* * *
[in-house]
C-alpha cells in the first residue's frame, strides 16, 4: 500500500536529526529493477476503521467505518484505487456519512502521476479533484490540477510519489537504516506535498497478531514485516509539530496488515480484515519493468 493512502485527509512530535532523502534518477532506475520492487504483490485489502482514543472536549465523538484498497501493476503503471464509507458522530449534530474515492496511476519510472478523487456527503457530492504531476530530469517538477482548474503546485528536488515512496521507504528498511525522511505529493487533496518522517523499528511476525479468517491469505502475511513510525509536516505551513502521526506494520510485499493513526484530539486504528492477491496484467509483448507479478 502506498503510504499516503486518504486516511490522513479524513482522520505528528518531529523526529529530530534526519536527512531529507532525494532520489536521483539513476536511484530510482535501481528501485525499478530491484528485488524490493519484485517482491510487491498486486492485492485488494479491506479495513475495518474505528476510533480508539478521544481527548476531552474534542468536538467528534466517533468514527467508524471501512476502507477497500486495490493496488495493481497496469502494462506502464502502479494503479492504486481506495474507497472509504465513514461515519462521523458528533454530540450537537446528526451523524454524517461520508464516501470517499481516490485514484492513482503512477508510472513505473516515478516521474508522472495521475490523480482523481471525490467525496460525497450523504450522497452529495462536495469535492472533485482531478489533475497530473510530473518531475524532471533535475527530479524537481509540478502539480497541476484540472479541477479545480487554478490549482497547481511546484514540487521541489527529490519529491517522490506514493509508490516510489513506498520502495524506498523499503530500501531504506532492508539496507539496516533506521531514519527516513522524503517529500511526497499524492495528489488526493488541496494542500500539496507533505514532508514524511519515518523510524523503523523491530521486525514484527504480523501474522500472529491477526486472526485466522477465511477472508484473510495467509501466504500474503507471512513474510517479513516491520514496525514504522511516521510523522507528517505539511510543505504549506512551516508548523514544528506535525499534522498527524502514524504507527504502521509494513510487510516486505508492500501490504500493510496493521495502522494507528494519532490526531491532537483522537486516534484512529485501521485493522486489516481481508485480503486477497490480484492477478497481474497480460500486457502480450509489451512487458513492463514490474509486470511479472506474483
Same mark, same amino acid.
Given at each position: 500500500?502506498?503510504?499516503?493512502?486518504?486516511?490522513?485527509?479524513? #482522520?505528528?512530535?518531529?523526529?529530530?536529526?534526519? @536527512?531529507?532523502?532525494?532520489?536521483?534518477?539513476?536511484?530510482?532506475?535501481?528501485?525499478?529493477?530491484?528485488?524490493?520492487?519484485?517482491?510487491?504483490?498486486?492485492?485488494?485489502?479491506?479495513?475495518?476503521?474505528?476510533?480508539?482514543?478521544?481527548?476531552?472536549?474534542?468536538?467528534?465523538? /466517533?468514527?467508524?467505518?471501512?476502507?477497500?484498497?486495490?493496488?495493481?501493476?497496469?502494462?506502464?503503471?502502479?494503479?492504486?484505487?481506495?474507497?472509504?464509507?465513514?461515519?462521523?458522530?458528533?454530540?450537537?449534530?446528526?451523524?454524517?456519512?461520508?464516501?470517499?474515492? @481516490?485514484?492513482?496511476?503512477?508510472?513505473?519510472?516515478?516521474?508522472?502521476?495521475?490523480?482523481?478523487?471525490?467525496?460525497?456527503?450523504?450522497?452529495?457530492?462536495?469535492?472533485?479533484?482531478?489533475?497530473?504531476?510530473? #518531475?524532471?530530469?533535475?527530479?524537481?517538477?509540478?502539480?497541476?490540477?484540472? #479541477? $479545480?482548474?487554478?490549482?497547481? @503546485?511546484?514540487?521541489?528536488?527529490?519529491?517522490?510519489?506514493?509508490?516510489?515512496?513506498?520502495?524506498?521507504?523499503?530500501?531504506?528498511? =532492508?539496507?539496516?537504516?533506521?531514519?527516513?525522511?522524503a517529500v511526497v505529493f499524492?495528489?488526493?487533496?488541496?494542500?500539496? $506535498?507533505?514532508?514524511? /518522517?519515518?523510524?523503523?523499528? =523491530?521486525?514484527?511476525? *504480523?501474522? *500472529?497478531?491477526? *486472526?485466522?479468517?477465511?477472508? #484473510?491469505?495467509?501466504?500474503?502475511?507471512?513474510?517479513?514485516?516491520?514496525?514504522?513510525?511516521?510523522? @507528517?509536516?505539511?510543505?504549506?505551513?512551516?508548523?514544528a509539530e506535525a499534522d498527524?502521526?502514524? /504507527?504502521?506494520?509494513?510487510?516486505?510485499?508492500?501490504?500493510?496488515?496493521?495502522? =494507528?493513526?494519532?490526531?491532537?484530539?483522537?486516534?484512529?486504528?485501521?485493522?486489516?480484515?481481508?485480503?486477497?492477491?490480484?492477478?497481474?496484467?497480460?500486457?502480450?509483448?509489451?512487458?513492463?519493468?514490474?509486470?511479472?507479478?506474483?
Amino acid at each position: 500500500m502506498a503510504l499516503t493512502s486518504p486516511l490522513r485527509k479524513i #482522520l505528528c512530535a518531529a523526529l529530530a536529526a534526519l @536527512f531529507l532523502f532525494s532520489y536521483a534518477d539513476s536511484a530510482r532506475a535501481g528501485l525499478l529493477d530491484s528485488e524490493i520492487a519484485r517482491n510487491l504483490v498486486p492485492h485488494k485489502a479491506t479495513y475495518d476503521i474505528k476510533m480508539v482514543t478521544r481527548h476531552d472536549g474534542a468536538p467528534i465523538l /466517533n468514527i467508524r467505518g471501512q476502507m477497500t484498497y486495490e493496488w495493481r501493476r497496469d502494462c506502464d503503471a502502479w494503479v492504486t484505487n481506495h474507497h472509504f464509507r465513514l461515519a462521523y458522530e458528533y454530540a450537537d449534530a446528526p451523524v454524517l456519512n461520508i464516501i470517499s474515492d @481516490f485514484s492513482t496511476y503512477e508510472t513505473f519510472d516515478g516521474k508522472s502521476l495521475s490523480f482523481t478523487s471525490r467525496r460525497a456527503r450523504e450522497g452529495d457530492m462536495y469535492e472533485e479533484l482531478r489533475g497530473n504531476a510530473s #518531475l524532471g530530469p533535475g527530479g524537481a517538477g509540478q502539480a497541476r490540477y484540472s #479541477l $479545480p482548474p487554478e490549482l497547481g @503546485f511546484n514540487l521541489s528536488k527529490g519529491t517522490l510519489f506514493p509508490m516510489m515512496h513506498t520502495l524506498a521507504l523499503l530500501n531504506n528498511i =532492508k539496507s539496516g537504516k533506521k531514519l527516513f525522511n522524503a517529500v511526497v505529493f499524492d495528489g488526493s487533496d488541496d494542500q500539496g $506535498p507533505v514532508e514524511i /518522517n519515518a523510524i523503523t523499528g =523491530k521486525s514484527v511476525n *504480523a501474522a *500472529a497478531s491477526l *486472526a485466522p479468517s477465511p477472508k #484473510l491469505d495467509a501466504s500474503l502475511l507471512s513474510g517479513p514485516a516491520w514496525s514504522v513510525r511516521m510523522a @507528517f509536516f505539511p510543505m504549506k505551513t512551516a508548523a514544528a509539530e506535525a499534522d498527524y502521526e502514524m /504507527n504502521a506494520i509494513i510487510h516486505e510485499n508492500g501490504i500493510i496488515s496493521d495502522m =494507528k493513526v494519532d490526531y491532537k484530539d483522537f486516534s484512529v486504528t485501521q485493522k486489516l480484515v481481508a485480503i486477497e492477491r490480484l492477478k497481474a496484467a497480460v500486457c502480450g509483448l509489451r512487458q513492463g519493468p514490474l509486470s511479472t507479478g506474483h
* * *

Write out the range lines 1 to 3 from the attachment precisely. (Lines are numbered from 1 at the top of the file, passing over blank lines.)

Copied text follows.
[in-house]
C-alpha cells in the first residue's frame, strides 16, 4: 500500500536529526529493477476503521467505518484505487456519512502521476479533484490540477510519489537504516506535498497478531514485516509539530496488515480484515519493468 493512502485527509512530535532523502534518477532506475520492487504483490485489502482514543472536549465523538484498497501493476503503471464509507458522530449534530474515492496511476519510472478523487456527503457530492504531476530530469517538477482548474503546485528536488515512496521507504528498511525522511505529493487533496518522517523499528511476525479468517491469505502475511513510525509536516505551513502521526506494520510485499493513526484530539486504528492477491496484467509483448507479478 502506498503510504499516503486518504486516511490522513479524513482522520505528528518531529523526529529530530534526519536527512531529507532525494532520489536521483539513476536511484530510482535501481528501485525499478530491484528485488524490493519484485517482491510487491498486486492485492485488494479491506479495513475495518474505528476510533480508539478521544481527548476531552474534542468536538467528534466517533468514527467508524471501512476502507477497500486495490493496488495493481497496469502494462506502464502502479494503479492504486481506495474507497472509504465513514461515519462521523458528533454530540450537537446528526451523524454524517461520508464516501470517499481516490485514484492513482503512477508510472513505473516515478516521474508522472495521475490523480482523481471525490467525496460525497450523504450522497452529495462536495469535492472533485482531478489533475497530473510530473518531475524532471533535475527530479524537481509540478502539480497541476484540472479541477479545480487554478490549482497547481511546484514540487521541489527529490519529491517522490506514493509508490516510489513506498520502495524506498523499503530500501531504506532492508539496507539496516533506521531514519527516513522524503517529500511526497499524492495528489488526493488541496494542500500539496507533505514532508514524511519515518523510524523503523523491530521486525514484527504480523501474522500472529491477526486472526485466522477465511477472508484473510495467509501466504500474503507471512513474510517479513516491520514496525514504522511516521510523522507528517505539511510543505504549506512551516508548523514544528506535525499534522498527524502514524504507527504502521509494513510487510516486505508492500501490504500493510496493521495502522494507528494519532490526531491532537483522537486516534484512529485501521485493522486489516481481508485480503486477497490480484492477478497481474497480460500486457502480450509489451512487458513492463514490474509486470511479472506474483
Same mark, same amino acid.